design flaws and bugs during application development. The ArrayIndexOutOfBoundsException
    clearly shows that the client application is incorrectly using an ArrayList in a multi-threaded

  • Jeffrey Smith

    By the way, your purported solution won't work, because toArray() is not atomic.


    array = collection.toArray(array);

    will not avoid an array indexing error within the toArray() method. The exposure
    to a concurrent modification is still present.

    The assignments:
    lastIndex = size;

    should at least be changed to:
    array = collection.toArray(array);
    lastIndex = array.length;

    but there is still an exposure within toArray() while constructing the

    The simple solution is not to use unsynchronized collections within a
    multi-threaded context.

  • ckbe

    The difference is, that if you decide at one point to use a synchronized() on a ConcurrentHashMap, you must synchronize each and every access explicitly and loose the benefit of the ConcurrentHashMap (The concurrency).
    Whereas if you use the simpler synchronizedMap() and just do a synchronized() block around for example the iteration loop (or the constructor call of the ArrayList) everything works fine.

  • ckbe

    Not that easy. Each and every use (modification or read) of the ConcurrentHashMap must then be synchronized, since the CHM doesn't use itself as a mutex. And then you got a “NonConcurrentButTwiceSynchronizedHashMap” .. ;-)

  • ckbe

    Easiest fix would be:
    Use a Collections.synchronizedMap(modifiableToEntry) and a synchronized(modifiableToEntry) {} block round the ArrayList Constructor.

  • Andrey

    I meant reading/modifying :)
    Any way what for to copy the collection values? why not to iterate directly over CHM?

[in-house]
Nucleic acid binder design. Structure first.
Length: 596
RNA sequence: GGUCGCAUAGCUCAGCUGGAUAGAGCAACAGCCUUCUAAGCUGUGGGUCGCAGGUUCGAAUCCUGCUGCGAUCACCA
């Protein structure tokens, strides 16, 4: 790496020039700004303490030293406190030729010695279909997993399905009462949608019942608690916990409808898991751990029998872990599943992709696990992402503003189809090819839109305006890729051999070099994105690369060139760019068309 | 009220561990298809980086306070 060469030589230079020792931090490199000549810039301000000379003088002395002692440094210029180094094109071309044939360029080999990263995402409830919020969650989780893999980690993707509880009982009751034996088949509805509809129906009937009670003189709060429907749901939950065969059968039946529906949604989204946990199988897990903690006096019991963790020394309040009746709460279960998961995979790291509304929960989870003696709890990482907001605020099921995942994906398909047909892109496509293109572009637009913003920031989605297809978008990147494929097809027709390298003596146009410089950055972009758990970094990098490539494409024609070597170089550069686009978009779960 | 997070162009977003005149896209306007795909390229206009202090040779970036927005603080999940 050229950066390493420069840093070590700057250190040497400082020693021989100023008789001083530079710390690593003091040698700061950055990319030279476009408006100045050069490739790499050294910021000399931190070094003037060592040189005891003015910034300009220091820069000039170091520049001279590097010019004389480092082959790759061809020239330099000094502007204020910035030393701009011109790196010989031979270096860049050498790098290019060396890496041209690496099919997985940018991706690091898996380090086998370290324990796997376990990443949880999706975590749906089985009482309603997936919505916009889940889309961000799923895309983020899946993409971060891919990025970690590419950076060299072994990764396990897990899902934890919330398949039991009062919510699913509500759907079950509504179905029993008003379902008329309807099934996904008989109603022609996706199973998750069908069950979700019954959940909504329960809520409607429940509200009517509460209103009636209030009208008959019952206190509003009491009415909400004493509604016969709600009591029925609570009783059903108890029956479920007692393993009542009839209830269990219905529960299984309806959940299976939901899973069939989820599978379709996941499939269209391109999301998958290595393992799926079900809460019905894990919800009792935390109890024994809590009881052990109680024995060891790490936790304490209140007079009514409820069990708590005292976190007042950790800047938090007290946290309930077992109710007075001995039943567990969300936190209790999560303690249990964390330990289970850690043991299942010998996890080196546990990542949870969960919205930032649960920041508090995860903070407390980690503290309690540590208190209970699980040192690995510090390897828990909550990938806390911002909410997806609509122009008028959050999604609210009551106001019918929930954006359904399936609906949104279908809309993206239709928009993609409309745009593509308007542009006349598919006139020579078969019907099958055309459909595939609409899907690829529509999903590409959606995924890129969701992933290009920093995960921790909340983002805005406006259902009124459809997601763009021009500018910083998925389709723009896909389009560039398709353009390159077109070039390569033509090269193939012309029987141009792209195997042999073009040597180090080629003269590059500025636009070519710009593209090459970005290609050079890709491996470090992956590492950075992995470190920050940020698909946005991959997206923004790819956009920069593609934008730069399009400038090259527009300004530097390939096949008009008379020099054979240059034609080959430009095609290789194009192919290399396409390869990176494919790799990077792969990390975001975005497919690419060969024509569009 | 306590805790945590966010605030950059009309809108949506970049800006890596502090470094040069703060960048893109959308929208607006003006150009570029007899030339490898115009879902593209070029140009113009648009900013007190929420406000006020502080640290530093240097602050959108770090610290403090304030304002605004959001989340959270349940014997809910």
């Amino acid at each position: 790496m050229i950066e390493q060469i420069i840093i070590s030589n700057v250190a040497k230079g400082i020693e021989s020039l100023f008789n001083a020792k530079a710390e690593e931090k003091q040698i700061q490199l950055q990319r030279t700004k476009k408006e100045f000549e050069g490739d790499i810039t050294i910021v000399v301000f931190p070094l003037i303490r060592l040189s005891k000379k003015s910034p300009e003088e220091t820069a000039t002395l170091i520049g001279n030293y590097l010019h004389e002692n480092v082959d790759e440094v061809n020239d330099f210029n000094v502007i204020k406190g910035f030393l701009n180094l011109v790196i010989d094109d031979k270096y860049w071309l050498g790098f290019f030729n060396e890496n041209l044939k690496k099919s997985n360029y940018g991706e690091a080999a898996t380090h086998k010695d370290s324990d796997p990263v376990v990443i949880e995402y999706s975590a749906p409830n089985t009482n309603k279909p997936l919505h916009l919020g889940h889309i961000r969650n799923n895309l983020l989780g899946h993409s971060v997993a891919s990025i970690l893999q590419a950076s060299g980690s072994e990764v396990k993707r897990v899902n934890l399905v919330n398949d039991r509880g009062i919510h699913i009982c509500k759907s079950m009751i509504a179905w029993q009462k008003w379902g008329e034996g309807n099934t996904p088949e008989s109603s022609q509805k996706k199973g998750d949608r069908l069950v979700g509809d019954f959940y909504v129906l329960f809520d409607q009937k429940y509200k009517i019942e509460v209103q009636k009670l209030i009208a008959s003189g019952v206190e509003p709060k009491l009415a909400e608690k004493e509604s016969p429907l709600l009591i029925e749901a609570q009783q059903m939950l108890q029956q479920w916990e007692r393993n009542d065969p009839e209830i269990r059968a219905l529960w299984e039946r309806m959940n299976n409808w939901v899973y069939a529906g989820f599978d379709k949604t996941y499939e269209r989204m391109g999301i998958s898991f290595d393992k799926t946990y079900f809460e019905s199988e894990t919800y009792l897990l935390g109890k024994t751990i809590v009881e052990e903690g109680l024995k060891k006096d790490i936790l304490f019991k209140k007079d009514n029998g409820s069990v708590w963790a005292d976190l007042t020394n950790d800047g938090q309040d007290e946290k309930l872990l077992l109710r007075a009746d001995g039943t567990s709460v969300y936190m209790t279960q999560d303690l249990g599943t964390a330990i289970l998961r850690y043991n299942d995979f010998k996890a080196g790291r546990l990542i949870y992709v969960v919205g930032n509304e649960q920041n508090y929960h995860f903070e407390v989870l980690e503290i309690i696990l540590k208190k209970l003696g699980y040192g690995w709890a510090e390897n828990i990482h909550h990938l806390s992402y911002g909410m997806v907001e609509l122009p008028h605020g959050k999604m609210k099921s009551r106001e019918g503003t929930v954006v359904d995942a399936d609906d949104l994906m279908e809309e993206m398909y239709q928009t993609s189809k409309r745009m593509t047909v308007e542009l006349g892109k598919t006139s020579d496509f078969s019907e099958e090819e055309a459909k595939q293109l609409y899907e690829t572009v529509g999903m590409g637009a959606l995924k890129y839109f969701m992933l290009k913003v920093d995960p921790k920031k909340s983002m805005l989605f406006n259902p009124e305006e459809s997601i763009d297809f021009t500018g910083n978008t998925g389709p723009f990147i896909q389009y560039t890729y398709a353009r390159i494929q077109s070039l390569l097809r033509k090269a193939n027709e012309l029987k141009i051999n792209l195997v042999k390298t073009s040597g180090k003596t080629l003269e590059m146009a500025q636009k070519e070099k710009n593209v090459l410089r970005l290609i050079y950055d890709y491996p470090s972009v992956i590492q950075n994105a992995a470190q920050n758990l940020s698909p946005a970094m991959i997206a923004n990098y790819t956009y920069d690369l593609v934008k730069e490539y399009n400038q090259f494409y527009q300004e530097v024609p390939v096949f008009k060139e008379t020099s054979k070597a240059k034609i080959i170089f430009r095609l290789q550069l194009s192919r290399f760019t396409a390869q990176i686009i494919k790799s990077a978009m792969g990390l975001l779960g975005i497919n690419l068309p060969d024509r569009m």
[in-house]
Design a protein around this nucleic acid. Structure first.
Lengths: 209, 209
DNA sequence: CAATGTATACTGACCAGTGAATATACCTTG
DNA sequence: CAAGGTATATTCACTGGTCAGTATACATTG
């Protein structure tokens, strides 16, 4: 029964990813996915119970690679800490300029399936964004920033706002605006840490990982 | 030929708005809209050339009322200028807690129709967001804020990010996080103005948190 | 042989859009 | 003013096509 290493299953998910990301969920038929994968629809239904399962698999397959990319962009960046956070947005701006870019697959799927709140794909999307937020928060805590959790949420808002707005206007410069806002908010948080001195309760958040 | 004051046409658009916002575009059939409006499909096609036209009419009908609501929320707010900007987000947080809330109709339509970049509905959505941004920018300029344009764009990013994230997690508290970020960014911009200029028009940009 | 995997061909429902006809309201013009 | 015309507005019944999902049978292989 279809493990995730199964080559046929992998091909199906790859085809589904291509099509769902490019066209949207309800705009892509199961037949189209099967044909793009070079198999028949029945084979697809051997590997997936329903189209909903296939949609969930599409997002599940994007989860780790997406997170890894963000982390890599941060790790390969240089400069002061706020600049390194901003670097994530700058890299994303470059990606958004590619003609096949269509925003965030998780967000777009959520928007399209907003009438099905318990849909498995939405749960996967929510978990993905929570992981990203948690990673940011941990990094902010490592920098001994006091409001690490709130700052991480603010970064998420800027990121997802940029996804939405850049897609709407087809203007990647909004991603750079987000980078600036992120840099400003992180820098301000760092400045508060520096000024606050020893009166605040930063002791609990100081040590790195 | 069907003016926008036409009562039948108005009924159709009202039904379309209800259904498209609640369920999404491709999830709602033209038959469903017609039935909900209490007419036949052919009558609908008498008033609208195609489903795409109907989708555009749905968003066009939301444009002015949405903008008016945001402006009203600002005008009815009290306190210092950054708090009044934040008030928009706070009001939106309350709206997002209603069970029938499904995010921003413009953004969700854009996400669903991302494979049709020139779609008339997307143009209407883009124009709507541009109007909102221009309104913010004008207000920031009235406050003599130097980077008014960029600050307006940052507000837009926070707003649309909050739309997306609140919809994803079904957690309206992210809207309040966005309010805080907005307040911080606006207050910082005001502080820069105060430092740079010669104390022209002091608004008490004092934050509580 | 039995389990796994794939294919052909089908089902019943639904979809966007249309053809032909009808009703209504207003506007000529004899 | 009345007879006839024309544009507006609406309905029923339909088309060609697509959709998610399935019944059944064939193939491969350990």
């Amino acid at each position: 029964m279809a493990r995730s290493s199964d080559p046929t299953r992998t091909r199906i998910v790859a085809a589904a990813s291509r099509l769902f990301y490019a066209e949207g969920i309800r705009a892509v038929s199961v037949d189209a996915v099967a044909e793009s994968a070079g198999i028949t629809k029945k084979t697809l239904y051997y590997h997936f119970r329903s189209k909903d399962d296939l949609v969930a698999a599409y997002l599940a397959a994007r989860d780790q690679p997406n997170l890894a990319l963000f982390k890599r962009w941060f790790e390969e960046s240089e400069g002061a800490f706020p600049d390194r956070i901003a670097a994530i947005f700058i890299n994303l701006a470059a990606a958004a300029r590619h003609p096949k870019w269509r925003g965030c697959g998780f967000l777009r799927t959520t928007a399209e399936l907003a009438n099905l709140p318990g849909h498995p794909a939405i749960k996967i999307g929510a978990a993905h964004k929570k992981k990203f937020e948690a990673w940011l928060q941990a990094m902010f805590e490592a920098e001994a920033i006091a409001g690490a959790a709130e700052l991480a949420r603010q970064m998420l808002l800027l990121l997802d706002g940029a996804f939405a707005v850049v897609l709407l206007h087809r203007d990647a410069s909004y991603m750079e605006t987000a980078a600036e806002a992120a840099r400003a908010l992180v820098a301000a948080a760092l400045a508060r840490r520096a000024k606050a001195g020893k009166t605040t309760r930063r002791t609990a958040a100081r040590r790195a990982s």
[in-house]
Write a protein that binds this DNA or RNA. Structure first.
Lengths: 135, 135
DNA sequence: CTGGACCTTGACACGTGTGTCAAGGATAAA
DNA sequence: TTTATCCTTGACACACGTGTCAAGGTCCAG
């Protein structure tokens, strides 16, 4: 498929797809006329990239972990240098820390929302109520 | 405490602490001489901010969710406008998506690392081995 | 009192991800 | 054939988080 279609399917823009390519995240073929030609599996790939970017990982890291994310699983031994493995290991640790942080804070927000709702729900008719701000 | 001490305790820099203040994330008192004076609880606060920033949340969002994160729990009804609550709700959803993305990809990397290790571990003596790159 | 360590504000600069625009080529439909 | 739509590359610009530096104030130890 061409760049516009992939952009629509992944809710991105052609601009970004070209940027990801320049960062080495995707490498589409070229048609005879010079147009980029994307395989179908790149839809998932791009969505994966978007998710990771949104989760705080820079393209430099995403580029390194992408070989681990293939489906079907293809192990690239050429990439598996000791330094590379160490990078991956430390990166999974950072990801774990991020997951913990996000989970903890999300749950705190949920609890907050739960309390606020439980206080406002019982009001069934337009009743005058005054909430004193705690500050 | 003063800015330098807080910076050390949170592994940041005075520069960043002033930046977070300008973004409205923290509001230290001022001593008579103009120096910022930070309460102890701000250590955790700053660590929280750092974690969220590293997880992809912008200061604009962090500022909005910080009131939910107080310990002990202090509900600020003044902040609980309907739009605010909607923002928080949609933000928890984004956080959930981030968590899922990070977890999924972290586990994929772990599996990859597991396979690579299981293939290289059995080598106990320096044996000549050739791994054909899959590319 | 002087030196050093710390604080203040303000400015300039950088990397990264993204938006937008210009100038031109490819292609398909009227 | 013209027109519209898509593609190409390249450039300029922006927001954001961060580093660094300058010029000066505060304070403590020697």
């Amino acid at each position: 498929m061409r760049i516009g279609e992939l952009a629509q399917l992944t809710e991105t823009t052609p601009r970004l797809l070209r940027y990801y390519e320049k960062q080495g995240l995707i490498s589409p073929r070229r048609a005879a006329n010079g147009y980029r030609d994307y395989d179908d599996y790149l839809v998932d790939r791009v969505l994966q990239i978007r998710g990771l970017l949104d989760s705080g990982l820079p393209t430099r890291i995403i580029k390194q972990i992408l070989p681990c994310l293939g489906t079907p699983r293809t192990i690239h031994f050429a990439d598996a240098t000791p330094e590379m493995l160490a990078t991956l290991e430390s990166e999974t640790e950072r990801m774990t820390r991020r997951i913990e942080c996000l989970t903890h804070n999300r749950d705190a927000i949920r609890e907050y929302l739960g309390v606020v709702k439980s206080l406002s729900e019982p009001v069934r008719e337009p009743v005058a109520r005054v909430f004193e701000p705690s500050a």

• Jevgeni Kabanov

    In this case the underlying collection is assumed to be synchronized, so toArray() is also synchronized and isn't exposed to anything.

  • ron

    I do not see the need for any copying here, after all it is a CHM we are working on. As the doc says:

    “The view's iterator is a “weakly consistent” iterator that will never throw ConcurrentModificationException, and guarantees to traverse elements as they existed upon construction of the iterator, and may (but is not guaranteed to) reflect any modifications subsequent to construction.”

    So i won't have any trouble directly iterating on modifiableToEntry.values(). Of course, the above implies, that the underlying collection might get modified during iteration, which might have implications on application logic, but it will not throw any Exception.

    Basically this means that if an entry is inserted or removed at a segment or index in the CHM which the iterator has already seen, nothing happens. If an entry is inserted or removed at a segment or index in the CHM which the iterator has not seen yet, the iterator will just deliver the new entry (or not deliver a removed entry).

    I also want to mention, that Collections.synchronizedCollection does not provide a synchronized iterator() method, either. The user has to manually synchronize iterator creation, which, as opposed to CHM, is easily possible by syncronizing on the Collection itself (or providing a mutex in the Collections.synchronizedCollection call)

  • ckbe

    Well the only upside of a copy is that you get a snapshot of the CHM at one point in time.

    But this idea of an snapshot isn't really supported by the CHM.

    So best is, not use a CHM or use it's iterator an be aware, that the iterator returns Objects that have been in the CHM between construction of the iterator and the end of the loop.